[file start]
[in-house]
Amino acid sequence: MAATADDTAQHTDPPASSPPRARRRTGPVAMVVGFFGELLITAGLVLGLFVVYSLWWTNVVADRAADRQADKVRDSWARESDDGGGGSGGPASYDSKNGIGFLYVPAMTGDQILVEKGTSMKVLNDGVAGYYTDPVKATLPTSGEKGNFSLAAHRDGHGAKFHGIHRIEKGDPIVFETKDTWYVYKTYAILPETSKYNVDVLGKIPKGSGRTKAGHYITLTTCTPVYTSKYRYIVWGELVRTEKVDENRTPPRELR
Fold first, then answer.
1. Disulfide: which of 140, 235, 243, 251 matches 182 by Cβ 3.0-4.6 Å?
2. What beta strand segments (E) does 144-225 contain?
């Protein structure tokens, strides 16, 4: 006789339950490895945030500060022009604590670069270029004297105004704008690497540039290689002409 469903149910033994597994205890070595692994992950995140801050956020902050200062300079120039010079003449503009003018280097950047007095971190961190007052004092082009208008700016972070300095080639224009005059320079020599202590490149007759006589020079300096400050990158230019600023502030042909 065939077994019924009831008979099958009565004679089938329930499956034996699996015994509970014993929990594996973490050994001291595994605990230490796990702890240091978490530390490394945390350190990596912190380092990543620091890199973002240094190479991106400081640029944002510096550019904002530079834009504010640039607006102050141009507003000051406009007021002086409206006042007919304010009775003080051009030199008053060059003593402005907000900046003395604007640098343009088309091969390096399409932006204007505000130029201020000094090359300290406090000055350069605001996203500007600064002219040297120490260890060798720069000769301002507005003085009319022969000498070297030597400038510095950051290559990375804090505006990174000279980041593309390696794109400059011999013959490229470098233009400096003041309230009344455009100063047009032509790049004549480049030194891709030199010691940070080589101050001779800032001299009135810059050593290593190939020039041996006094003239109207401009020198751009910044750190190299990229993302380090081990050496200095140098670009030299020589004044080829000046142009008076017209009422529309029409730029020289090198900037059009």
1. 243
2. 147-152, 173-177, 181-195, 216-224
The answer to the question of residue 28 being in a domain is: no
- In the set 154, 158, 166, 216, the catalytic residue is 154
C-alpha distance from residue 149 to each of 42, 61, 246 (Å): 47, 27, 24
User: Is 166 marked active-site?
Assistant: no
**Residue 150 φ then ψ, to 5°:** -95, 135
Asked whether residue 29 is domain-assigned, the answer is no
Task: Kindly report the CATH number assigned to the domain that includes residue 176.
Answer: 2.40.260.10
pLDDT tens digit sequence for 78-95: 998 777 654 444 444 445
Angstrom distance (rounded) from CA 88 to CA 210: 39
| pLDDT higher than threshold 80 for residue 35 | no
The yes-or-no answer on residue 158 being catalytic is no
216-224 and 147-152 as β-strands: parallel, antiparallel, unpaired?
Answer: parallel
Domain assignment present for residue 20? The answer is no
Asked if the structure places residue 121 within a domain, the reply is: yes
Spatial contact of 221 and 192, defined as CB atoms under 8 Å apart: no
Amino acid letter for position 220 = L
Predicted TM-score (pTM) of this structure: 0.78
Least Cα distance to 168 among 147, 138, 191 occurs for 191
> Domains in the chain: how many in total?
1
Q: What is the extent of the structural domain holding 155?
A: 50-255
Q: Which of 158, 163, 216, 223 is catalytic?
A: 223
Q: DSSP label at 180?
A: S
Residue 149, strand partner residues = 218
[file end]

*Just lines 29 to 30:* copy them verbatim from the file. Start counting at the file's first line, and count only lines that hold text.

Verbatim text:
Least Cα distance to 168 among 147, 138, 191 occurs for 191
> Domains in the chain: how many in total?